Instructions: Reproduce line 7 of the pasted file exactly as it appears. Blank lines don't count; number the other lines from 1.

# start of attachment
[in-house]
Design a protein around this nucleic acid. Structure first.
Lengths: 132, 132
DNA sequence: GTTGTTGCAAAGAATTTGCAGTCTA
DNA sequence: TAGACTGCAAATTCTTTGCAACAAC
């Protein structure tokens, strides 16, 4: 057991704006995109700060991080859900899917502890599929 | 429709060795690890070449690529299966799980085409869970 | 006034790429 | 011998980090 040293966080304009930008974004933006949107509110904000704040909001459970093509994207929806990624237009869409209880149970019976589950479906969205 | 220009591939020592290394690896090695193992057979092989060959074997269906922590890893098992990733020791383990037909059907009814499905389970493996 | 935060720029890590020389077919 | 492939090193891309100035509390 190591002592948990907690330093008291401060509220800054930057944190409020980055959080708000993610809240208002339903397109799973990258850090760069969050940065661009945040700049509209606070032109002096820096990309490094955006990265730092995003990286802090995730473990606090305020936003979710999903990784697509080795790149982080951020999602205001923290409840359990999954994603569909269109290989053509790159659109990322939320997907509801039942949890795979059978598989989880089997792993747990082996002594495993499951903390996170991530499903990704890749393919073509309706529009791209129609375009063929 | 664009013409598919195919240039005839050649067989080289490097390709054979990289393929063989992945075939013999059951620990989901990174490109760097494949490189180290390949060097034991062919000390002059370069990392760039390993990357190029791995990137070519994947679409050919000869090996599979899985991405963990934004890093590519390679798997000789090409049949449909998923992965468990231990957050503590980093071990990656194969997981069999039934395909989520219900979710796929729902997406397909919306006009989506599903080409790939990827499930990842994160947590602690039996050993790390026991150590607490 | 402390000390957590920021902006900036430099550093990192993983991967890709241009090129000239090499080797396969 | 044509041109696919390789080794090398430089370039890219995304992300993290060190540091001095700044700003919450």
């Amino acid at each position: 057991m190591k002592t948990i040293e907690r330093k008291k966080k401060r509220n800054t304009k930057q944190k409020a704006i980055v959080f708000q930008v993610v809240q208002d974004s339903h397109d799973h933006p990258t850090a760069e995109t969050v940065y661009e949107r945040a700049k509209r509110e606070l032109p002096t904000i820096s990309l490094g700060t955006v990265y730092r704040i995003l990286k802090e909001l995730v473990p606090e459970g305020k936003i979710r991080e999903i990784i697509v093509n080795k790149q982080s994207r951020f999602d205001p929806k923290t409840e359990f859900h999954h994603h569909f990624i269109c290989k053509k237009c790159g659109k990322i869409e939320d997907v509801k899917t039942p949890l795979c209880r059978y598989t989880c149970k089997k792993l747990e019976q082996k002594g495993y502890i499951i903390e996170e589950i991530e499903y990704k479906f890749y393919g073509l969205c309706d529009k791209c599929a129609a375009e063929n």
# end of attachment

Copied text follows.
């Amino acid at each position: 057991m190591k002592t948990i040293e907690r330093k008291k966080k401060r509220n800054t304009k930057q944190k409020a704006i980055v959080f708000q930008v993610v809240q208002d974004s339903h397109d799973h933006p990258t850090a760069e995109t969050v940065y661009e949107r945040a700049k509209r509110e606070l032109p002096t904000i820096s990309l490094g700060t955006v990265y730092r704040i995003l990286k802090e909001l995730v473990p606090e459970g305020k936003i979710r991080e999903i990784i697509v093509n080795k790149q982080s994207r951020f999602d205001p929806k923290t409840e359990f859900h999954h994603h569909f990624i269109c290989k053509k237009c790159g659109k990322i869409e939320d997907v509801k899917t039942p949890l795979c209880r059978y598989t989880c149970k089997k792993l747990e019976q082996k002594g495993y502890i499951i903390e996170e589950i991530e499903y990704k479906f890749y393919g073509l969205c309706d529009k791209c599929a129609a375009e063929n």